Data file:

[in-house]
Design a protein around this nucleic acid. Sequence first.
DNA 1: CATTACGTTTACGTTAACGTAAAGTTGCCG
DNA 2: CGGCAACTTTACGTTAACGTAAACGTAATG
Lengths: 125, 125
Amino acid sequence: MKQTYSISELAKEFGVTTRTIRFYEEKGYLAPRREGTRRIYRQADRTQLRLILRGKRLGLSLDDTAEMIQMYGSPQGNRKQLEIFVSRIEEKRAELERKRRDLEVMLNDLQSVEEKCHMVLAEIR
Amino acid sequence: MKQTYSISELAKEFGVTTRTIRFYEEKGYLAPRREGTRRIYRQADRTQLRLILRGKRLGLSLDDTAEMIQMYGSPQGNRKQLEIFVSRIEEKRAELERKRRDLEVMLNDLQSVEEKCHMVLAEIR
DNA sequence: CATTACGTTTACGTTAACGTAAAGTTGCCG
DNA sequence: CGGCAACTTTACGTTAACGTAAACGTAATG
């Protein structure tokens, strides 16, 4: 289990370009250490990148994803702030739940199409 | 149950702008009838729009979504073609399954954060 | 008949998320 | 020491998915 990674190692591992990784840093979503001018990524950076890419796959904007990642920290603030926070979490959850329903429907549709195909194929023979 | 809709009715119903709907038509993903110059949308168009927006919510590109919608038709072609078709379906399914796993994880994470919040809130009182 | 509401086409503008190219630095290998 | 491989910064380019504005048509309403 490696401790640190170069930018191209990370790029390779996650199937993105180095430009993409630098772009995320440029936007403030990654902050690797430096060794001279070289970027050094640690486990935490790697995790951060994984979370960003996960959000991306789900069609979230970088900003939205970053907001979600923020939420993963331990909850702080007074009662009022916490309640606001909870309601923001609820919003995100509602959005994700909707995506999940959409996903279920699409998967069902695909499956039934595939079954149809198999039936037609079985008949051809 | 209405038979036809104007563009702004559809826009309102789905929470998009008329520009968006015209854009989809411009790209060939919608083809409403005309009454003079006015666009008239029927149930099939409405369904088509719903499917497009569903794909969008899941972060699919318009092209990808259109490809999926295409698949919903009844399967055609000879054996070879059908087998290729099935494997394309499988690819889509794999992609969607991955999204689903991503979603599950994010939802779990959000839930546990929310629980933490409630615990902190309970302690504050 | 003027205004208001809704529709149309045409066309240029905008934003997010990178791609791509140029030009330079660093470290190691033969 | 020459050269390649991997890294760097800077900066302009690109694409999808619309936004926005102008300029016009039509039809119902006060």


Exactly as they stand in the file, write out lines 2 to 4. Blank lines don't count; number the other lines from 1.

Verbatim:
Design a protein around this nucleic acid. Sequence first.
DNA 1: CATTACGTTTACGTTAACGTAAAGTTGCCG
DNA 2: CGGCAACTTTACGTTAACGTAAACGTAATG